In other markets, European indices are mixed with FTSE down -0.32% at the time of writing, DA is up 0.17% and CAC is up 0.26%. German 10 year bund extends this week’s rally and is currently up 0.015 at 0.396. 0.4 handle is back in sight. Earlier today, Asian markets were mixed with Nikkei and HSI up 0.15% and 0.23% respectively. But China SSA and Singapore Strait Times were down -0.31% and -0.11% respectively.

          USD/TRY is rising another 3% today and hits as high as 6.4732. Break of 6.346 minor resistance confirms resumption of rebound from 5.6919. Further rise would be seen to 61.8% retracement to of 7.2068 to 5.6919 at 6.6281. Firm break there will put 7.000 handle back into focus. And such development could weigh on Euro again.

          EU said no Eurozone country at serious risk of breaching fiscal rules

            In the regular annual assessment of national budgets by European Commission, none of the 19 Eurozone state was found at “serious” risk of breaching EU fiscal rules. Though,

            Commission Vice President Valdis Dombrovskis warned that “among the budgetary plans found at risk of non-compliance, the ones that concern us most are those with debt levels that are high and not reduced fast enough.” He explicitly pointed to Italy, France, Belgium and Spain.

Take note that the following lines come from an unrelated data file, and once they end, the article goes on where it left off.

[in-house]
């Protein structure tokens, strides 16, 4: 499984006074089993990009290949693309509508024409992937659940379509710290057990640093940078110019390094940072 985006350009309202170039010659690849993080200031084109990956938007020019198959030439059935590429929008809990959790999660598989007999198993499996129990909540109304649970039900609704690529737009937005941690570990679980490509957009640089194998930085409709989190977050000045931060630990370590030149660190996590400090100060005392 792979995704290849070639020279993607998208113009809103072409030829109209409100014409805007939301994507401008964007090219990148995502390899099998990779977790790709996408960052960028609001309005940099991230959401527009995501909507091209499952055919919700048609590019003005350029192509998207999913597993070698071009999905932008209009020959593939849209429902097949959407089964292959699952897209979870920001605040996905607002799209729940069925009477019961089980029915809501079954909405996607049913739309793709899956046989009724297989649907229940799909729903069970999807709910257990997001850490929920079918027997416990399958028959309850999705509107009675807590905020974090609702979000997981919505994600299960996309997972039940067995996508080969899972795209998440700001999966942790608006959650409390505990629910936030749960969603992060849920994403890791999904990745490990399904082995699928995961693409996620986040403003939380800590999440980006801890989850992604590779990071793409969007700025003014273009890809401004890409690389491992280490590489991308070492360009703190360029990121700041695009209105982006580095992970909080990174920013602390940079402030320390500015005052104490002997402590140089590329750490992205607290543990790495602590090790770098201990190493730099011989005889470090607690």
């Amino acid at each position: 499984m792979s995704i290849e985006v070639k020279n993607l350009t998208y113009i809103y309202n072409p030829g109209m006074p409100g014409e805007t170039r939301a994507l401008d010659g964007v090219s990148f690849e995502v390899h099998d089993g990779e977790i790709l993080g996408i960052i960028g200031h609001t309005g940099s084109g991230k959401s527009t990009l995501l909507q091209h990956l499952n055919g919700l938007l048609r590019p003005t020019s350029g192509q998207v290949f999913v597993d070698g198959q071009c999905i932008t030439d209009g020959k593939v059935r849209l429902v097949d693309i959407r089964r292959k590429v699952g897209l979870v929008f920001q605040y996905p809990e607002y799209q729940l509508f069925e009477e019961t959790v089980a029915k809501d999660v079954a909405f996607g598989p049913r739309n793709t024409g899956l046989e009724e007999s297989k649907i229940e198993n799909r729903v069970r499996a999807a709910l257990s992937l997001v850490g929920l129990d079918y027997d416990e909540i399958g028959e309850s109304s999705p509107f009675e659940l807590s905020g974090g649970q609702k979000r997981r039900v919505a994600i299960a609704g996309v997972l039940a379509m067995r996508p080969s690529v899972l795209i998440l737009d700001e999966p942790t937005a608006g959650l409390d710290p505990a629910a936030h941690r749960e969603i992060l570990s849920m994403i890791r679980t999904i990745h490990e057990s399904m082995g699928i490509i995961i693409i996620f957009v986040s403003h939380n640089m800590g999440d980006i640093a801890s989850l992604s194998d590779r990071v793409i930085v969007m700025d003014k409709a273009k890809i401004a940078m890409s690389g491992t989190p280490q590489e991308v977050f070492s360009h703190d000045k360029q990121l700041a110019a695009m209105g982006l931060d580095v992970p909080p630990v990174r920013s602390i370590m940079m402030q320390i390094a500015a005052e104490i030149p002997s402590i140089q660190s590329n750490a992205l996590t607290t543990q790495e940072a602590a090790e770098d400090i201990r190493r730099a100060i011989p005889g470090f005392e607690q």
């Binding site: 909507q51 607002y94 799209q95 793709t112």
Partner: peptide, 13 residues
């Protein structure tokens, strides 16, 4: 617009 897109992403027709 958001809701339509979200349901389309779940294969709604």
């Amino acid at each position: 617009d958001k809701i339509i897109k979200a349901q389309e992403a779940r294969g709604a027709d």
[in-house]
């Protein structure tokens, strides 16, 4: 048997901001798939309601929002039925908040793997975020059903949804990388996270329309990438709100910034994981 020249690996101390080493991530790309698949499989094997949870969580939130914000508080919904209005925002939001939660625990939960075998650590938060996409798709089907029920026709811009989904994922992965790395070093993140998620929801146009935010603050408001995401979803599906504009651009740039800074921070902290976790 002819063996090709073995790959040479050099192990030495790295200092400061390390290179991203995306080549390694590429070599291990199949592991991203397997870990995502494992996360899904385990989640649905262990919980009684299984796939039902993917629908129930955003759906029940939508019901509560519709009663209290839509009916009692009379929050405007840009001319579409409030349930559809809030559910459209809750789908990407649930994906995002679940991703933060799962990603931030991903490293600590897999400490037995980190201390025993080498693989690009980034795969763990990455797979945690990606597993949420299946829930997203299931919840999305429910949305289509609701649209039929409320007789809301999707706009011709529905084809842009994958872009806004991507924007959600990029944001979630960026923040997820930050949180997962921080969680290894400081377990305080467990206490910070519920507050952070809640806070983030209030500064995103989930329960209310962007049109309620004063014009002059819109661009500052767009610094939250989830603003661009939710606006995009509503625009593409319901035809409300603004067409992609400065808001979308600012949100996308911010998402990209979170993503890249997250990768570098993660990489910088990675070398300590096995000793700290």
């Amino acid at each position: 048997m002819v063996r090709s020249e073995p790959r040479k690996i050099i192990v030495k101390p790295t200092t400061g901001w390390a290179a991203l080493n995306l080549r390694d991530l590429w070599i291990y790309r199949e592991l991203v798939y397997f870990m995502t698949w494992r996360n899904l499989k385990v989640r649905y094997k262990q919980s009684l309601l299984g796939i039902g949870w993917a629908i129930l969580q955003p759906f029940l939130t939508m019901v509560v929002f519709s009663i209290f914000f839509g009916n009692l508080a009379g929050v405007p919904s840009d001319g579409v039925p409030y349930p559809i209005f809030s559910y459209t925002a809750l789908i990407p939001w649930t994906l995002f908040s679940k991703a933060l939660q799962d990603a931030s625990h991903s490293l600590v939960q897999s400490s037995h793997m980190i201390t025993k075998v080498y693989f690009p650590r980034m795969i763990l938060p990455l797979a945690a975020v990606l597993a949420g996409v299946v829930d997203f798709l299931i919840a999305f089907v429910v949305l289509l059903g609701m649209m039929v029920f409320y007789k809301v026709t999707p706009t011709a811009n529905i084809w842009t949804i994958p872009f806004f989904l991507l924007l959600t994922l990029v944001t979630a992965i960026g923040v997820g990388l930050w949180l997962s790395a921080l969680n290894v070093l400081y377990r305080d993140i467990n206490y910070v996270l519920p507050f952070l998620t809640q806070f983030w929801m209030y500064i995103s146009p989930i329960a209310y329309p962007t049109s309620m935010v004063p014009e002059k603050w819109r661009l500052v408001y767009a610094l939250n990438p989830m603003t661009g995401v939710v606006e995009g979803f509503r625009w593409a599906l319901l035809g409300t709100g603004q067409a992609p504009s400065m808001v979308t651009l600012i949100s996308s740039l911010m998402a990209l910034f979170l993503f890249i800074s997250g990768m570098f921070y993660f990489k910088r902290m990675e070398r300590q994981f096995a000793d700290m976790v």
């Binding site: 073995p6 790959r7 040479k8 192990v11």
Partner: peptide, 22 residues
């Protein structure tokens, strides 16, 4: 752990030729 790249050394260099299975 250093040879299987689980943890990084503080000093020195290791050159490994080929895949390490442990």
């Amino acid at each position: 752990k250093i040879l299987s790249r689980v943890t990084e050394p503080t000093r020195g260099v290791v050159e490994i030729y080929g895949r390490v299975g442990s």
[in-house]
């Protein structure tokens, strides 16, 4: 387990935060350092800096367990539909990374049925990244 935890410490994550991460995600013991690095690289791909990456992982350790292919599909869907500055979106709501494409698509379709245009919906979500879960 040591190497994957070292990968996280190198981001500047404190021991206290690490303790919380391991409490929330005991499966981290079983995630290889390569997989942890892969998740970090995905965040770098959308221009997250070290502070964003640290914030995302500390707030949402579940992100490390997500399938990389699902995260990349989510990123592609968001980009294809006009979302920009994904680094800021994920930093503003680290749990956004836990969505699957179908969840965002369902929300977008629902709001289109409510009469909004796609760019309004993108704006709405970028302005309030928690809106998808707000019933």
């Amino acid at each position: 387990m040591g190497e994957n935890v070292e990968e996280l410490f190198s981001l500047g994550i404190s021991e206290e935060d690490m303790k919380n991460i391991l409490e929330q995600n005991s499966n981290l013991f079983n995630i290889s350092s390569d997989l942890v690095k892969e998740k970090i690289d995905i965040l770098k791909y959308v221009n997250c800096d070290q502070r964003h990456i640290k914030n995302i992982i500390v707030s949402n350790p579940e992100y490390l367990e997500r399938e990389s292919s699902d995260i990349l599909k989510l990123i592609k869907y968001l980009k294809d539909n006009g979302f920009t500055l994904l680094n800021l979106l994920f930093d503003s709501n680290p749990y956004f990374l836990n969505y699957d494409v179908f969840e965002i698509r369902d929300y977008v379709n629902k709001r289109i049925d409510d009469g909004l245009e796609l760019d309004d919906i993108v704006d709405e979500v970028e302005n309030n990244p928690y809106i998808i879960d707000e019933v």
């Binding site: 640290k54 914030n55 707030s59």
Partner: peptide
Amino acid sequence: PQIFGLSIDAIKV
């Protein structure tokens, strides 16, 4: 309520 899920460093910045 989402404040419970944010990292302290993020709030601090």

And, he urged “all members states that are at risk of non-compliance with the (rules) to take the necessary measures within the national budgetary process to ensure that the 2020 budget will be compliant”. Though, for now, no immediate action is requested.

            US PPI up 0.6% mom, 6.2% yoy in Apr, core PPI up 0.7% mom, 4.1% yoy

              US PPI rose 0.6% mom, 6.2% yoy in April, above expectation of 0.3% mom, 6.0% yoy. The annual increase was the highest since November 2010. PPI core rose 0.7% mom, 4.1% yoy, above expectation of 0.2% mom, 3.1% yoy. The annual rate was highest since August 2014.

              Full release here.

              Into US session: Stocks in risk aversion, forex in range

                Entering into US session, the forex markets are relatively calm today with major pairs and crosses are back inside Thursday’s ranges. Though, risk aversion is clearly seen in other markets. Worries over US-China trade tension escalation resurfaced after Trump said he will not meeting Chinese President Xi this month. This came despite Trump’s schedule to meet North Korean leader Kim Jong-Un on February 27-28 in Vietnam, just next to China. Re-escalation in trade tension would drag on the already weakened global recovery.

                For today so far, Australian Dollar is the weakest one after dovish RBA economic projections. But there is no follow through selling yet. Dollar also weakens mildly as it’s paring this week’s gain. Sterling is the strongest one, followed by Swiss France. Both are consolidating this week’s moves. Canadian Dollar is also steady but some volatility is envisaged after job data release.